Tech companies increasingly view themselves as a vital part of the country’s national mission to develop the countryside. But that saviour narrative – of urban tech companies swooping in to reform countryside residents’ backward ways – is part of what Wang wanted to upturn. Blockchain Chicken Farm looks at how tech platforms have created a sense of dependency in rural communities, and the devastating effect that the shifting economy has had ecologically.
The situation is dark, says Wang, but communities in China’s countryside have also found ways to actively manipulate technology in order to fit their needs. “I’m interested in what happens when the attempt towards modernity, or trying to be modern, goes off the rails,” says Wang.
Taobao, an e-online shopping platform owned by Alibaba, has helped accelerate the derailment in rural China. The company is twice as large as Amazon, catering to both consumers and small-time merchants. Some rural communities – nicknamed “Taobao villages” – have had their economy replaced almost entirely by the online shopping platform.
In the book, Wang visits a town devoted to fabricating costumes that are sold over Taobao, with villagers converting their homes into small-scale workshops to fulfil orders. “Someone’s specialising in army costumes or someone’s doing Snow White costume… It’s all one-time wear,” says Wang, who notes that the period around Christmas and holidays are the busiest for the community.
“It’s a boom town,” they explain, “it’s a little bit weird and dystopic.” Taobao has recently discussed exporting the model of Taobao villages to rural communities in Africa and other parts of Asia.
As Wang points out in the book, the move towards digital economies has also grown alongside a new wave of shanzhai – a shorthand for the culture around knock-offs and piracy in China, translating literally to “mountain stronghold”. Unable to purchase the latest designer brands or American TV shows, shanzhai copies were how villagers could get access to luxury items.
The term has started to evolve under the “new socialist countryside”. Smartphone shops have taken to rebuilding phones so they can be repaired and modified; live-streamers have turned towards a nihilistic celebration of the garish fakes, selling their own beauty products online.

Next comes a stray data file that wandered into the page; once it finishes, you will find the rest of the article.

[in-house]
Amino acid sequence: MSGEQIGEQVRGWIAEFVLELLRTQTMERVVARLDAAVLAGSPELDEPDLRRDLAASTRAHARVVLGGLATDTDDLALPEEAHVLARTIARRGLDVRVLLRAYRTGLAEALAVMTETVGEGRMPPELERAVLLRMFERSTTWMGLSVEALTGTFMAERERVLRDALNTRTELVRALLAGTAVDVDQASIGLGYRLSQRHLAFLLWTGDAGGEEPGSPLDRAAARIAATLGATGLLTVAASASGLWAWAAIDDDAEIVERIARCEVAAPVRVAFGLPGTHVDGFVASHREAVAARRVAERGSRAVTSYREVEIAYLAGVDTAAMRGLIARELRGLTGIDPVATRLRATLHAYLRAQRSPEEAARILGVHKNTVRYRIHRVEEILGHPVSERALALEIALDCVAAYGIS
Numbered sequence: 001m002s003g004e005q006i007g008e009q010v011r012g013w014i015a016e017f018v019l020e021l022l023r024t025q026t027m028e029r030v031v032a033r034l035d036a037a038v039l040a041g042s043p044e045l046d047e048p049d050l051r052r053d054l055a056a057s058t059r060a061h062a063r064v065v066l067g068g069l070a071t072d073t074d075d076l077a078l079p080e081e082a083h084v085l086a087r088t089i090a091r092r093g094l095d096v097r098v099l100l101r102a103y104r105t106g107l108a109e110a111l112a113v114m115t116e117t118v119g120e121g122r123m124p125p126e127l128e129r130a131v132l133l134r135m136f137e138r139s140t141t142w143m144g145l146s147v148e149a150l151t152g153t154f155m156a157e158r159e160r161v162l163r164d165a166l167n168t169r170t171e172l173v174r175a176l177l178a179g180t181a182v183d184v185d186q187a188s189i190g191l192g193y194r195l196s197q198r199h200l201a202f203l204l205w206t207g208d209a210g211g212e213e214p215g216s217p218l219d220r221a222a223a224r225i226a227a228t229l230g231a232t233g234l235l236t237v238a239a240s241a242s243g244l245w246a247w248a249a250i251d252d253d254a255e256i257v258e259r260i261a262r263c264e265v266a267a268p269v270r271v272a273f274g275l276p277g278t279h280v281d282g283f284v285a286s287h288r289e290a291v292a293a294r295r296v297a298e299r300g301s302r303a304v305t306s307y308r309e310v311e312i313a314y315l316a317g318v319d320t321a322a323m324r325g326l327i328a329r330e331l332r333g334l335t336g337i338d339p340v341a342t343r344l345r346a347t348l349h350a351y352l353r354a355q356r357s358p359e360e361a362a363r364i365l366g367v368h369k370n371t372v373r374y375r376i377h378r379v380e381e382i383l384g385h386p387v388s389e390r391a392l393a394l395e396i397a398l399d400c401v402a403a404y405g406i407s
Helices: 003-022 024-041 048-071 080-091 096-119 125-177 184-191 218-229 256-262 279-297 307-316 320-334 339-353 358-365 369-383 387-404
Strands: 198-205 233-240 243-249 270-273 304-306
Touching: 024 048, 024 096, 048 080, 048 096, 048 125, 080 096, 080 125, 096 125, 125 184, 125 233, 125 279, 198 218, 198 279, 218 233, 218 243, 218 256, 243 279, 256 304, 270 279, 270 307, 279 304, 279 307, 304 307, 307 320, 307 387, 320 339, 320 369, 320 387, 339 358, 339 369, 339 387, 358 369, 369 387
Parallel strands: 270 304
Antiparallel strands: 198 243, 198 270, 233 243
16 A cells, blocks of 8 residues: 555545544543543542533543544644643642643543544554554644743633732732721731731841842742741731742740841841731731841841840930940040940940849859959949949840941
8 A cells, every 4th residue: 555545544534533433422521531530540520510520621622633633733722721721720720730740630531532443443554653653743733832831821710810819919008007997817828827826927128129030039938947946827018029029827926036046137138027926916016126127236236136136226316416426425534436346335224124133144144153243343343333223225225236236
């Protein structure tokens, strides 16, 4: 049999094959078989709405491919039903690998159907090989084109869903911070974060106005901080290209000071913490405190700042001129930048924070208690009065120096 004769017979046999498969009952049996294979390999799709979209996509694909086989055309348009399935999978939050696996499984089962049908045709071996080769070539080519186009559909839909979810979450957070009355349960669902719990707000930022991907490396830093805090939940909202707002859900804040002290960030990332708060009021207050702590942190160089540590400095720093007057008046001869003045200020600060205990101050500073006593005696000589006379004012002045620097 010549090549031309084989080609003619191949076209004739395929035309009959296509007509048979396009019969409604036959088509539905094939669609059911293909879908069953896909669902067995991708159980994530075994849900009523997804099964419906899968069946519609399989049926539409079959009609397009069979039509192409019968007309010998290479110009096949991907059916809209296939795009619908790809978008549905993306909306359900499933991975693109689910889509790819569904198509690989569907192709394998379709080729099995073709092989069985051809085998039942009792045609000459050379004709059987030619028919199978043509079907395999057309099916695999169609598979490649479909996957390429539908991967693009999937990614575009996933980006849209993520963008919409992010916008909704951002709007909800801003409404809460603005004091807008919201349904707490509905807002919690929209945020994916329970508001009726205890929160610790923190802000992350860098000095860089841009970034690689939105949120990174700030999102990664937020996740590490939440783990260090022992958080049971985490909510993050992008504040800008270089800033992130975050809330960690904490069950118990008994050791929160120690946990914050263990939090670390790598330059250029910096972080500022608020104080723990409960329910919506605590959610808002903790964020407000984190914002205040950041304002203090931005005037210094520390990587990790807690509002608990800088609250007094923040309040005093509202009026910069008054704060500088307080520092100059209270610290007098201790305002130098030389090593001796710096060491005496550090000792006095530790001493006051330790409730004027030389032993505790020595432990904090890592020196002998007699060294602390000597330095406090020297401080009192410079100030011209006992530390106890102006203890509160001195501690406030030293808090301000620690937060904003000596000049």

“It’s become a hyper-open source,” says Wang. The ethos has become a culturally embedded way of subverting big tech. “It feels both really urgent and really important to me, especially with the growth of tech monopolies and how many patents [tech companies] are filing.”
The counterfeits and the industrious attempts at gaming the system are emblematic of the complicated position of the young transplants moving from cities back to the countryside. Those returning to villages are often fixated on “hustle culture” and dreams of self-made success, says Wang, while also bringing back a deep anti-establishment streak born out of class discrimination and precarity experienced in China’s economic hubs.
Wang is neither a Luddite nor a tech evangelist. “We live in a very technologically saturated world, and even the places that I went to, which are pretty remote, they’re scrolling. They’re watching weird videos on their phones. And I’m not going to tell some 20-year-old in this remote village to log off and put down their phone… That’s so patronising.”
COVID-19 has spurred another migration push back to the countryside – Wang is hopeful that it will continue to rattle the tech world in China, as well as Silicon Valley’s dream of top-down domination. “We have these tools – what are the ways that we can build better tech; tech that is more about community, and has different financial incentives?” asks Wang.
In China’s countryside, the tech world is being constantly dismantled and reassembled by everyday hackers who use technology. The question now is how these alternatives might travel beyond the confines of the country’s remote communities.
Blockchain Chicken Farm: And Other Stories of Tech in China’s Countryside is out now on FSG Originals.